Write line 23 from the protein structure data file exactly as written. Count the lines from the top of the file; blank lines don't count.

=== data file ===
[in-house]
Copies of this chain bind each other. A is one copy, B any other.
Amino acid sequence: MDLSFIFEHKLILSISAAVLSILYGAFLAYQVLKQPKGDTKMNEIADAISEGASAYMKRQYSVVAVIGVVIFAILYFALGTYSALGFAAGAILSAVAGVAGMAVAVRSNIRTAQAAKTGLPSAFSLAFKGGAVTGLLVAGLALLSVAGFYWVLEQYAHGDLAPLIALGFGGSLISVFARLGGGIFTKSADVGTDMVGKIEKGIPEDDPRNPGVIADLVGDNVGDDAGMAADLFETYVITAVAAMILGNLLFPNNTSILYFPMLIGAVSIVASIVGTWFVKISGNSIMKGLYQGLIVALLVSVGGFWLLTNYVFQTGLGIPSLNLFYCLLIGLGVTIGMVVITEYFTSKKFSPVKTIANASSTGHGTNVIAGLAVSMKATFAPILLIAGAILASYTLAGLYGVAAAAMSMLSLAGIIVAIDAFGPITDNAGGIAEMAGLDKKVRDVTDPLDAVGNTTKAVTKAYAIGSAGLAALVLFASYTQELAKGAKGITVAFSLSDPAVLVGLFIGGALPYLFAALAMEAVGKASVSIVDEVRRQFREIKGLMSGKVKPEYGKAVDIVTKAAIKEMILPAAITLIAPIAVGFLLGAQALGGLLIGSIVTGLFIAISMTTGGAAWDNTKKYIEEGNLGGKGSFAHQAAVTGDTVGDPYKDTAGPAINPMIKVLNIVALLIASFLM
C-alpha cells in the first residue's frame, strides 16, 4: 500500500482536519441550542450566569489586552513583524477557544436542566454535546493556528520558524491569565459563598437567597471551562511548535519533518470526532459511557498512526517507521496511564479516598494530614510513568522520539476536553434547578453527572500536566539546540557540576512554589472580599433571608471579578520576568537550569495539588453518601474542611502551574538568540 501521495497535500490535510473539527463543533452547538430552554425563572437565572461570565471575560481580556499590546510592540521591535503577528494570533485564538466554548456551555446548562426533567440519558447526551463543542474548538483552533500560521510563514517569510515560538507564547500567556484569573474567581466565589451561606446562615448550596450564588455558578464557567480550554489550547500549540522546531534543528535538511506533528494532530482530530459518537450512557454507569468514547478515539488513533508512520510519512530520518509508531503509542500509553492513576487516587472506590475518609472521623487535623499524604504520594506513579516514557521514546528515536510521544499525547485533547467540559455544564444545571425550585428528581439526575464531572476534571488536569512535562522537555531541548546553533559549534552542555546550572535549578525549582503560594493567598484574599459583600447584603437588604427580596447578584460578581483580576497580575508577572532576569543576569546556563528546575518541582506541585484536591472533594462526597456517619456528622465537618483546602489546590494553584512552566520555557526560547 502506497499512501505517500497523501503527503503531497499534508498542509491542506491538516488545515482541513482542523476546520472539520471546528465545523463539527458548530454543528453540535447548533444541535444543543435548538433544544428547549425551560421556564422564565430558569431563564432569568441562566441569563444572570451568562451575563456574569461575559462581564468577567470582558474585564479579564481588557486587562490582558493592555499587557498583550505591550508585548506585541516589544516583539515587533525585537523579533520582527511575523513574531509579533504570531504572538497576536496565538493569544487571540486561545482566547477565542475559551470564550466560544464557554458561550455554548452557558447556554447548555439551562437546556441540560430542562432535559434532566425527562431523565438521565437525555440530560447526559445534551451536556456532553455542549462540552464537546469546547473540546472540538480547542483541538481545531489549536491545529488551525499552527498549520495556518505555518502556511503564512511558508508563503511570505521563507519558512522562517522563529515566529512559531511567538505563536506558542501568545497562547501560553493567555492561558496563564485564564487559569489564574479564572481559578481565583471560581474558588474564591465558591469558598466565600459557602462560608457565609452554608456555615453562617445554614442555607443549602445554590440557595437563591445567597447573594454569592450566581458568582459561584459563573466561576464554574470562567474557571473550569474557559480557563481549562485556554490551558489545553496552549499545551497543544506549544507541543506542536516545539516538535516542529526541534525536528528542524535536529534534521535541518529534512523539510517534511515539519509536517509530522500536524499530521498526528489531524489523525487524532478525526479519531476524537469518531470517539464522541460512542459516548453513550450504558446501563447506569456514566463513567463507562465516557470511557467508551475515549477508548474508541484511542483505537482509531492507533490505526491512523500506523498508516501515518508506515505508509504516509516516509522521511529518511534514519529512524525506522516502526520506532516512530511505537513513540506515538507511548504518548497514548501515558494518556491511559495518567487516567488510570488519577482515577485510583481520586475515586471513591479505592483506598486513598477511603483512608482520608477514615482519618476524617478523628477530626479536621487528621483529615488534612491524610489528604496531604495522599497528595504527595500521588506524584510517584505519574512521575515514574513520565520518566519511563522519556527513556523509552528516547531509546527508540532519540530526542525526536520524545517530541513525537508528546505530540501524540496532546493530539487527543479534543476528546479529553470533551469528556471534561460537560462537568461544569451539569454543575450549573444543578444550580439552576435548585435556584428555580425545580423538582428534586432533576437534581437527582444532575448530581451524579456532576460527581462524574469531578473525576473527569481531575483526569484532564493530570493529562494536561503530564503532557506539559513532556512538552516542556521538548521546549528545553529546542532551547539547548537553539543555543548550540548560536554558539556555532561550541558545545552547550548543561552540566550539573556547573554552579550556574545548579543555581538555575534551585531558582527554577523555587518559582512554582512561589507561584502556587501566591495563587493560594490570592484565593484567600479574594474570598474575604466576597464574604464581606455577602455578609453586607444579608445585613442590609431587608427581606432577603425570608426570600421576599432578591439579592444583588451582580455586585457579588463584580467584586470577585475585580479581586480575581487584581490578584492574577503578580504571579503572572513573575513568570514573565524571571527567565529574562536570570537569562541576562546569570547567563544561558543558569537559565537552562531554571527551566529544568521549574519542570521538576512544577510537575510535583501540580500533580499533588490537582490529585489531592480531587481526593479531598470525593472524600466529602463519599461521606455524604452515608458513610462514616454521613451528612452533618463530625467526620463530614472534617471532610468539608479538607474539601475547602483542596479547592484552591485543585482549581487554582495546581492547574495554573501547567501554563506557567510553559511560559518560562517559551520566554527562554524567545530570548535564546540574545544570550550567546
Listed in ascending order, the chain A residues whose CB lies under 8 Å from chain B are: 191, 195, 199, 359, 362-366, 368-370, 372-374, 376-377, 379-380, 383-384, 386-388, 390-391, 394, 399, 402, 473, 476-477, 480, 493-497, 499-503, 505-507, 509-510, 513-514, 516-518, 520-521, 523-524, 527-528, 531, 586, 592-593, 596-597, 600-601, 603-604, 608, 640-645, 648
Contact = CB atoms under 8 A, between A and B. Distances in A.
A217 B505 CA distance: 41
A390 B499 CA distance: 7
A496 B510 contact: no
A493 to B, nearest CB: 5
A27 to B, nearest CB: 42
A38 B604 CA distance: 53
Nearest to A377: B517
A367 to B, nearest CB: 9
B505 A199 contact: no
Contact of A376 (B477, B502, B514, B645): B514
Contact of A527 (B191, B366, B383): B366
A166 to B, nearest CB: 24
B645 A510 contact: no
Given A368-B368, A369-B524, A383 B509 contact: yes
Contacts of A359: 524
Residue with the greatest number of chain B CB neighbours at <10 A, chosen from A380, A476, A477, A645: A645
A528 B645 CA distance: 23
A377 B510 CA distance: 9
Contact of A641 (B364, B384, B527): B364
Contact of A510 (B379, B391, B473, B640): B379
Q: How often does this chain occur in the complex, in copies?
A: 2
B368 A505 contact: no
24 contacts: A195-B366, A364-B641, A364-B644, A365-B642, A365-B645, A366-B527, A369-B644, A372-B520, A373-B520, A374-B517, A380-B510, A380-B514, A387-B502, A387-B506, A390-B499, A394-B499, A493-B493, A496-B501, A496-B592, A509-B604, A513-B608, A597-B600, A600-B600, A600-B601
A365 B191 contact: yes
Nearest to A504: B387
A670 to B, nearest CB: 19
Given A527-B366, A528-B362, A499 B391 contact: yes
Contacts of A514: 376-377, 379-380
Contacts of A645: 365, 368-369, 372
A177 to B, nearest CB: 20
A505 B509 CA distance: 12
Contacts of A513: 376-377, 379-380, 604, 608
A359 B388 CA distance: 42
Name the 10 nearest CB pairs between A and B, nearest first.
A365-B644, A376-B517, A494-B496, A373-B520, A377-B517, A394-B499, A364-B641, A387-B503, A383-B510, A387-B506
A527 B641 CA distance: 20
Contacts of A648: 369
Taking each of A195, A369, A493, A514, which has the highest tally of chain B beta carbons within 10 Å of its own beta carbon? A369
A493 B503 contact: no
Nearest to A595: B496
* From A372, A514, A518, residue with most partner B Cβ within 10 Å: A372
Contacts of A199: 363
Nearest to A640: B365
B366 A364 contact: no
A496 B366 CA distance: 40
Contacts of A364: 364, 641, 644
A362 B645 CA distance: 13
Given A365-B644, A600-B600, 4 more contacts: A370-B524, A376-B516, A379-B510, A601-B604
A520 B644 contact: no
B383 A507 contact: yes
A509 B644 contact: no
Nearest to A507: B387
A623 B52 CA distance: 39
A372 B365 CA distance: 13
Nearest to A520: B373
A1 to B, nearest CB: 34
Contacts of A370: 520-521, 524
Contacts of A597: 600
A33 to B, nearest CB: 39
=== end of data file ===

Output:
A528 B645 CA distance: 23